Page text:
Tag Archives: Thanksgiving

Characters I’d Invite to Thanksgiving Dinner

Happy Thanksgiving, Canadian readers! I’m enjoying a nice, quiet Thanksgiving this year while also wondering what it would be like to celebrate this holiday with characters from some of my favourite books.

If I could, I’d sure love to share this holiday with the following people:

1. Anne Shirley from the L.M. Montgomery’s Anne of Green Gables series.

She’d be welcomed to bring her legal guardians, Matthew and Marilla Cuthbert, along as well. As someone who is almost always quiet, I’d love to listen to her chatter about whatever it was that had happened to her recently.

It would also be interesting to get more details about her life before she was adopted if she was willing to share them.Some of my favourite scenes in this series were the ones that showed how they all enriched each other’s lives.

2. The entire Weasley family from J.K. Rowling’s Harry Potter series.

Yes, I’d need a much bigger table to include all of them, but I’d love to see this huge, loving family in action. I’d bet their Thanksgiving dinners would be joyful (and quite noisy) every single year, especially once there were grandchildren in the picture.

3. Afsan from Robert J. Sawyer’s Far-Seer trilogy. 

Not only would it be cool to see what a Tyrannosaurs would want to eat for Thanksgiving, I’d love to talk to this character about his impressions of human customs in general. (His species was sentient and quite intelligent in this series). He’d almost certainly be as horrified and/or amused by some of the things we do as we would be by certain Tyrannosaurs customs.

4. Starr Carter from Angie Thomas’ The Hate U Give.

Starr was such an easy character to love. My sympathy for her only grew stronger after she watched a police officer kill her best friend in one of the earliest scenes of her story. I’d want to fix her a big plate of food and offer her any comfort I could over the holidays.

5. Anna from Claire Cameron’s The Bear.

Anna was a six-year-old girl whose family went on a camping trip in a remote section of a national park. After her parents were killed by a bear, she had to figure out how to get her younger brother and herself to safety.

This was one of the most intense things I’ve ever read. I wish it were possible to catch up with characters years later to see how they’re doing. She was so young when the attack happened that she didn’t understand what was going on. While I would never ask about the deaths of her parents specifically, I’d love to know what her life was like after the events of the final scene.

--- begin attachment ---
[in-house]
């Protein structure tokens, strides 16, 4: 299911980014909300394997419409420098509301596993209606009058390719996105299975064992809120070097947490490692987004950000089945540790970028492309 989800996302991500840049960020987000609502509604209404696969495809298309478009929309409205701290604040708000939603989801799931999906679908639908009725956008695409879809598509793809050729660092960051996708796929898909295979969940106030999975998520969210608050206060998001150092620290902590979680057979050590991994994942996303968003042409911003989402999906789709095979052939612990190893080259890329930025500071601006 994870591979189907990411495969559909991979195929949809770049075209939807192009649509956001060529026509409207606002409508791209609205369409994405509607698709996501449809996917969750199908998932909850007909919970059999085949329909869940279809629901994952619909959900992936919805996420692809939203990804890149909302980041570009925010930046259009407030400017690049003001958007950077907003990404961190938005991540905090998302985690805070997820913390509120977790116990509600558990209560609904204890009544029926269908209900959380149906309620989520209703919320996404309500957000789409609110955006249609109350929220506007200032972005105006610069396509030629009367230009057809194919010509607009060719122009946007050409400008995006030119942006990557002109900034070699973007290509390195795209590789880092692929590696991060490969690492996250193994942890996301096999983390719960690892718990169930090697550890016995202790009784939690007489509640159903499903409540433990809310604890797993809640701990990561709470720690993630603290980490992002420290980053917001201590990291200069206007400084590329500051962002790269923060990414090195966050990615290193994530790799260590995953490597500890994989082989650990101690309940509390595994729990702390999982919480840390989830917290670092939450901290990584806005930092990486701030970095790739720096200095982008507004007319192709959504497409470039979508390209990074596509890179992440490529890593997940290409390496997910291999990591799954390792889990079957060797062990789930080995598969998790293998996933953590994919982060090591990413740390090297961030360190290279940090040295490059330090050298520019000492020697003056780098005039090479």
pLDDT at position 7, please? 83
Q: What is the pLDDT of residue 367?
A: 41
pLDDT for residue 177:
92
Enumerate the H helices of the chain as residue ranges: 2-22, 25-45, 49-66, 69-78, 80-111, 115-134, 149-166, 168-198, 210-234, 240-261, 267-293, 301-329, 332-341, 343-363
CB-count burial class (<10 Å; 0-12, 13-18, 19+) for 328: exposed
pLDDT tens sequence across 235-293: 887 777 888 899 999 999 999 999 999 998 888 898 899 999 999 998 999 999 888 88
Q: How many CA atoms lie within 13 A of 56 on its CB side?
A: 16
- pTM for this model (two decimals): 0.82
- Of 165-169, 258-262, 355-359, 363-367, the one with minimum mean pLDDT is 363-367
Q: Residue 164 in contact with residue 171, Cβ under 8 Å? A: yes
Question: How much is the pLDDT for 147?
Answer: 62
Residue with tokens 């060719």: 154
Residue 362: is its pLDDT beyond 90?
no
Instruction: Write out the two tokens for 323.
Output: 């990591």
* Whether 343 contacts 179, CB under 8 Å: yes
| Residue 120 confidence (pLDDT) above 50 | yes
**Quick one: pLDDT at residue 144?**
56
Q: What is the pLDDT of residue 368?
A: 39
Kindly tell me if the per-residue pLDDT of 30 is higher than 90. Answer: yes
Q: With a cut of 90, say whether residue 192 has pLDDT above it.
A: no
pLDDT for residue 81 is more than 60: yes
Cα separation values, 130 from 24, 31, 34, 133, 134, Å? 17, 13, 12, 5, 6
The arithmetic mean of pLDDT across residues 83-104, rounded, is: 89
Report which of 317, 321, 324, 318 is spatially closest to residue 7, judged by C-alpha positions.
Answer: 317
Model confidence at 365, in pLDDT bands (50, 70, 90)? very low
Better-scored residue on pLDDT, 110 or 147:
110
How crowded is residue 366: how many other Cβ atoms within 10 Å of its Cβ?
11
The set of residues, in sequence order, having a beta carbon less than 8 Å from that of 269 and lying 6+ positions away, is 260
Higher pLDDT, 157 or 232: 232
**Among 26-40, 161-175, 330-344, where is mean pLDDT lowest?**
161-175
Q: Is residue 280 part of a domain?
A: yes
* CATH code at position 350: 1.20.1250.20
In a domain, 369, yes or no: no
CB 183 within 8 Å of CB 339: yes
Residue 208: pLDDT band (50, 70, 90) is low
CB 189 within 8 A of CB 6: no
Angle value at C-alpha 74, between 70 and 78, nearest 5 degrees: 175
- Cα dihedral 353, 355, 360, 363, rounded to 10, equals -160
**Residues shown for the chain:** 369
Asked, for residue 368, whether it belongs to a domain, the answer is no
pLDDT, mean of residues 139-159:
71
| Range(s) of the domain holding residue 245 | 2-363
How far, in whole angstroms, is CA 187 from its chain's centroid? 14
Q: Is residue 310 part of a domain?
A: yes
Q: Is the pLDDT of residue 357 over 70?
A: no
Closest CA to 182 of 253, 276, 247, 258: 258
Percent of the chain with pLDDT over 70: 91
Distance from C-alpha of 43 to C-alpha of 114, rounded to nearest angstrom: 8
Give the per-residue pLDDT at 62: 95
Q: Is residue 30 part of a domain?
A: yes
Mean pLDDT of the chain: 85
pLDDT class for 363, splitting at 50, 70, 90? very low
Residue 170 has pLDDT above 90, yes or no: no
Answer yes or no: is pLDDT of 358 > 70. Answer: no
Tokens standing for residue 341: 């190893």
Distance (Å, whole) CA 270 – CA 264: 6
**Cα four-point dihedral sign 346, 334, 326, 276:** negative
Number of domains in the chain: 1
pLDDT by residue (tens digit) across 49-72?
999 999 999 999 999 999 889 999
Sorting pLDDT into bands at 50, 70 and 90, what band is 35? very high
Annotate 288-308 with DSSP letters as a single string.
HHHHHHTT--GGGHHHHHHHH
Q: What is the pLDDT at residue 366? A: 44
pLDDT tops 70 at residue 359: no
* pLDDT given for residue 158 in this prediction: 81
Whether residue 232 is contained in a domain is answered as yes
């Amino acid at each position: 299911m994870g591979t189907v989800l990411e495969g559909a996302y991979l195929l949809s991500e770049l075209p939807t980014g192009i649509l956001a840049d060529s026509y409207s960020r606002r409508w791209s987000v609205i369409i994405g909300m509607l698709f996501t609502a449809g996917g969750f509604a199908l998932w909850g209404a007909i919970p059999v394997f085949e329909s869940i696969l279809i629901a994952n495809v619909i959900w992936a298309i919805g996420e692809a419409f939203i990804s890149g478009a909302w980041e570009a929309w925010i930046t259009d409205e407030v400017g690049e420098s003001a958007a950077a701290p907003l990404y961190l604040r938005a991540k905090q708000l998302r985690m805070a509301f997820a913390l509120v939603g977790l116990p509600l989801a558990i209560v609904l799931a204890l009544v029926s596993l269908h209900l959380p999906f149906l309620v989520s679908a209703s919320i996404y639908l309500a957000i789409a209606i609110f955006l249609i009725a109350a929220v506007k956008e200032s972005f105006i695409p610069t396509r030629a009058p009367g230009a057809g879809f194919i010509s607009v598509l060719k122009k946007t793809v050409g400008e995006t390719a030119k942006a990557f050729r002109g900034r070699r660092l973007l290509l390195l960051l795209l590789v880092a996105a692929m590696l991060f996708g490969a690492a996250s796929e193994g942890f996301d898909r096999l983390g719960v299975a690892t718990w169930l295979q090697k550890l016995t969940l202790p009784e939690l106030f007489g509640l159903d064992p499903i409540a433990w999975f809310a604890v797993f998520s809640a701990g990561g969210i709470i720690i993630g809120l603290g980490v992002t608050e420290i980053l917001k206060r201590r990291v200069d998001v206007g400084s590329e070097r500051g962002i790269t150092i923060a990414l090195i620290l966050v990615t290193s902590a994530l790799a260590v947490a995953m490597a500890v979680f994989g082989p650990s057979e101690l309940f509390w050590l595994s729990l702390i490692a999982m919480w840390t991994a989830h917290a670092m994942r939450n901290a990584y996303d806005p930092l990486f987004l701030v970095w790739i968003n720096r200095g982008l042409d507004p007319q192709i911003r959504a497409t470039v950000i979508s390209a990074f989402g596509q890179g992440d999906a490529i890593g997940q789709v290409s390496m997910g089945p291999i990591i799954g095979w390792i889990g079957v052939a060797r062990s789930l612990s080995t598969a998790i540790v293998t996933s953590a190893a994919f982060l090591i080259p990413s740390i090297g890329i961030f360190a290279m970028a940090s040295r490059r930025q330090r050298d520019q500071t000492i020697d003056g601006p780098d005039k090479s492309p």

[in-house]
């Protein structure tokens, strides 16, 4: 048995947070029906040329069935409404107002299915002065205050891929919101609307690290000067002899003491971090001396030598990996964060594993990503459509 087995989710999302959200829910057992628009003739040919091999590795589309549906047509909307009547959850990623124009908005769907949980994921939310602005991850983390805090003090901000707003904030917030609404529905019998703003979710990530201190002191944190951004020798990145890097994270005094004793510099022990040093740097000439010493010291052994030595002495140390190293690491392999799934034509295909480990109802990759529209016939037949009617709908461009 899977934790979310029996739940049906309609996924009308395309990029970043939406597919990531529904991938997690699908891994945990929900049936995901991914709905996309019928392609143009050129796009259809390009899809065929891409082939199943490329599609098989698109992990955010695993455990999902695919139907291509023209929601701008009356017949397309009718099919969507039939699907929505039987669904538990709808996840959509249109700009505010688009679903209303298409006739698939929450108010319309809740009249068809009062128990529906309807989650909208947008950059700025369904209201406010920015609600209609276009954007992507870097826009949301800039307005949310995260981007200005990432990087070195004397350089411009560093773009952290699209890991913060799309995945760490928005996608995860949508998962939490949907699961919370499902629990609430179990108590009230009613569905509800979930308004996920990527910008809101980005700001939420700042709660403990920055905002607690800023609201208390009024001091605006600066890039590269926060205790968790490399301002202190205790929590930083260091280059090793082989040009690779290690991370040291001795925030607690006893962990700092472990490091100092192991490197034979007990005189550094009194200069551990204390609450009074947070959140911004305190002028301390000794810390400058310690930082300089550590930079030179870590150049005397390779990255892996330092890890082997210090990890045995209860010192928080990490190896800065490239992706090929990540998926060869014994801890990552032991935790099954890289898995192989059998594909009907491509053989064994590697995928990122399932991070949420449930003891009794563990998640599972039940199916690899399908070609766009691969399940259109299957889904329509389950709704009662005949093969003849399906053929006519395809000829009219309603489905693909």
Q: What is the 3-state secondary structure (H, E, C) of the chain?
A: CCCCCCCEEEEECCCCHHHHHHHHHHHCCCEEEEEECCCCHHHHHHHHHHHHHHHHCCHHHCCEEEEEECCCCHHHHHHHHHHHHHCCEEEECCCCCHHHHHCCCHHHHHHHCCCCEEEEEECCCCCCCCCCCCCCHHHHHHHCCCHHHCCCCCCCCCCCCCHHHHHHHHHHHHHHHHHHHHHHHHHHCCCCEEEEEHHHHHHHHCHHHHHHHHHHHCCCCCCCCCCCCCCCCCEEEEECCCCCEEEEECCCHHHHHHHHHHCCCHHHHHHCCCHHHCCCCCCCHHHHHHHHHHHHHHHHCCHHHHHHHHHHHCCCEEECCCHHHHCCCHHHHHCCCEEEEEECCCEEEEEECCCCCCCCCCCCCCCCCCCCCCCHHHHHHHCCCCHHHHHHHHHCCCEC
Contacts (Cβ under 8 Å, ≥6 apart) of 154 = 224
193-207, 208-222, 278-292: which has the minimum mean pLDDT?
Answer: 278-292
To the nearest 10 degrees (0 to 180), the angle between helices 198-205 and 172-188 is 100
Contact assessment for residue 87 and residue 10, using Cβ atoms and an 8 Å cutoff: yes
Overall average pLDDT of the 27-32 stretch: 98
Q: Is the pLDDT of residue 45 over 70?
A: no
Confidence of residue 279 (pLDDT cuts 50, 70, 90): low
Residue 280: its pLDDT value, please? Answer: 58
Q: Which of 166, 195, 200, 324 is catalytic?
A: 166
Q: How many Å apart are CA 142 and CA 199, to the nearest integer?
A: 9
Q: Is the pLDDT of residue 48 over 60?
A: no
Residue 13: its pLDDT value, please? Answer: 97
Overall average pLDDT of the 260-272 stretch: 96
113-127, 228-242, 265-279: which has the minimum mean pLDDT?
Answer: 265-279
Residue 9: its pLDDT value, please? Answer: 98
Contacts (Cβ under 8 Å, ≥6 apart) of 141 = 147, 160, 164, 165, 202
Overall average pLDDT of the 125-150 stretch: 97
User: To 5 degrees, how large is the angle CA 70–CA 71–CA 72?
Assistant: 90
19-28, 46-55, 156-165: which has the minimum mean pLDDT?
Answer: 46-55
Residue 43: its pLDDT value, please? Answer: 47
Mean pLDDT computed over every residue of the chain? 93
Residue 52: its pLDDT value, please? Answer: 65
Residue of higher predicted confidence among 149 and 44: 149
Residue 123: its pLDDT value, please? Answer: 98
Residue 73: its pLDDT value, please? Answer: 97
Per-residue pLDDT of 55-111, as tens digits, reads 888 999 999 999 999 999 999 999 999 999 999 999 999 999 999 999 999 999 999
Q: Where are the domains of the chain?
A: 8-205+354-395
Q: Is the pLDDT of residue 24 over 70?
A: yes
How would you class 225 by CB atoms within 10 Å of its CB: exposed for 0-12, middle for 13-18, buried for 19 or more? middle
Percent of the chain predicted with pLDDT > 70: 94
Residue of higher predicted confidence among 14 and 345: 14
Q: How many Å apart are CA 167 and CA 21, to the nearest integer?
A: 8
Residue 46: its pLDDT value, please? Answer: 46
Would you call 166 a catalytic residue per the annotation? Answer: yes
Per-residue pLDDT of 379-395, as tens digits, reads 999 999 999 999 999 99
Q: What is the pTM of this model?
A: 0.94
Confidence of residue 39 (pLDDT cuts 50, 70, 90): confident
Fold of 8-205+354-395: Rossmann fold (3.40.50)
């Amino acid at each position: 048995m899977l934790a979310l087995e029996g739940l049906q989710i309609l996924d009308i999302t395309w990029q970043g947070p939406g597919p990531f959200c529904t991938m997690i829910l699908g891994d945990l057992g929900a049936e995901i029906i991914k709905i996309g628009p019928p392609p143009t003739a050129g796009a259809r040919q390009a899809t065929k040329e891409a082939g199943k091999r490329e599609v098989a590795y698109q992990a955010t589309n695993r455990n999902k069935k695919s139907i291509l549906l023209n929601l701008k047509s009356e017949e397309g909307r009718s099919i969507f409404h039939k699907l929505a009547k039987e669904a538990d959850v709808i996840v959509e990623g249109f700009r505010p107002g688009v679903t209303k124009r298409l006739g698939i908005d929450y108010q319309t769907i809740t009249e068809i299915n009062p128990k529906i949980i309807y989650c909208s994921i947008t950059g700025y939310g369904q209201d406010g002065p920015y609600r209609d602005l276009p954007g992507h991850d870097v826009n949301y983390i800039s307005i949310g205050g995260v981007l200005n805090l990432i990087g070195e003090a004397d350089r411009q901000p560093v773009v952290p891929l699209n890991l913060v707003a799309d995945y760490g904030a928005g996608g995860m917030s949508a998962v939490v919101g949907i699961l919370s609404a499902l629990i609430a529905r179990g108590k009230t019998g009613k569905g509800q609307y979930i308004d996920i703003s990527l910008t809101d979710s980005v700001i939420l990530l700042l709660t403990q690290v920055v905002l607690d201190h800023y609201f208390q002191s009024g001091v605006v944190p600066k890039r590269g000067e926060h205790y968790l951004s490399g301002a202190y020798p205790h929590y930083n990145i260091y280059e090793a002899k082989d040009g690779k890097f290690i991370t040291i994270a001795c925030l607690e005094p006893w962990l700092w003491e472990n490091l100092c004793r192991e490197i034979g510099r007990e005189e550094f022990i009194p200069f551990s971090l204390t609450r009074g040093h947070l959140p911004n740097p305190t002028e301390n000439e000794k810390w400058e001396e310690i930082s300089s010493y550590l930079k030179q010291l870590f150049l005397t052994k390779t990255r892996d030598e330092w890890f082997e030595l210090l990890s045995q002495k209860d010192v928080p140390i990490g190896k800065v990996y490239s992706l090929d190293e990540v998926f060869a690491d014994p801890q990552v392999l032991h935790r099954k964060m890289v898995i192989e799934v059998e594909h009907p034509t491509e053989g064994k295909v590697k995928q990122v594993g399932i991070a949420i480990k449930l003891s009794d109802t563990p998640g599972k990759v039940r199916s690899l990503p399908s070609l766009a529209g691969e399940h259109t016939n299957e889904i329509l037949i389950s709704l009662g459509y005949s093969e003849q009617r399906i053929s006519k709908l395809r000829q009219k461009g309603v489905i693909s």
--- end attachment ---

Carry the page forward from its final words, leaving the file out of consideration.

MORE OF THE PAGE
6. Patricia Cowan from Jo Walton’s My Real Children

Patricia might have lived in one of two different timelines during the course of this book depending on which memories of hers you tend to believe are the genuine ones.

Not only did the course of her life take radically different turns in each timeline, the course of human history did as well. I can’t say much else without giving away spoilers, but I’d sure like to talk to this character so I could find out which version of the events she remembered actually took place.

7. Hattie Shepherd and her descendants from Ayana Mathis’ The Twelve Tribes of Hattie.

The first chapter of this tale showed Hattie desperately attempting to save her first two children, a set of twins who were dying from pneumonia in 1923 when such a disease was much harder to treat than it is today. The rest of the storyline showed what happened to this woman and the nine other children she had after the deaths of her first two babies.

Her extended family as a whole wasn’t a particularly emotionally healthy one. I believe that Hattie would have been diagnosable if she’d lived in a time and place where seeing the doctor for mental health concerns was socially acceptable. As it was, her undiagnosed illness damaged her relationships with all of her surviving children and their families.

Sometimes dysfunctional ways of interacting with the world can be passed down for generations when people either can’t recognize the harmful patterns in their family or aren’t willing to try to change them. I’ve seen it happen both in real life and in fiction. It’s as sad as it is fascinating. I’d love to invite different combinations of people from this family to various dinners to see if I could figure out how they’ve changed over the years.

Which character would you invite to your Thanksgiving dinner?

Suggestion Saturday: October 6, 2018

Happy Thanksgiving, Canadian readers! May your meals this weekend be immensely satisfying. Here is this week’s list of Thanksgiving-related blog posts and other links from my favourite corners of the web.

Are Potatoes Good for You? Thanksgiving is one of those meals when I don’t worry about the nutritional content of my dinner in any way. I think it can be healthy to eat food based solely on how much pleasure it gives you every once in a while. With that being said, this was still a fascinating look at the latest research on how potatoes affect the human body. Spoiler alert! Depending on how they’re prepared, they can be very good for you as a regular part of one’s diet.

Literary Thanksgiving via CandyKorman. Star Trek and other pieces of hopeful science fiction set in the future are my literary thanksgiving. What’s yours?

A Case for Canned Cranberry Sauce: Defending Thanksgiving’s Most Controversial Side Dish. Yesterday I made fresh cranberry sauce for the first time and learned that I do not like the homemade version of this dish at all. This came as a bit of surprise to me since I don’t mind the canned version. How do you all feel about cranberry sauce?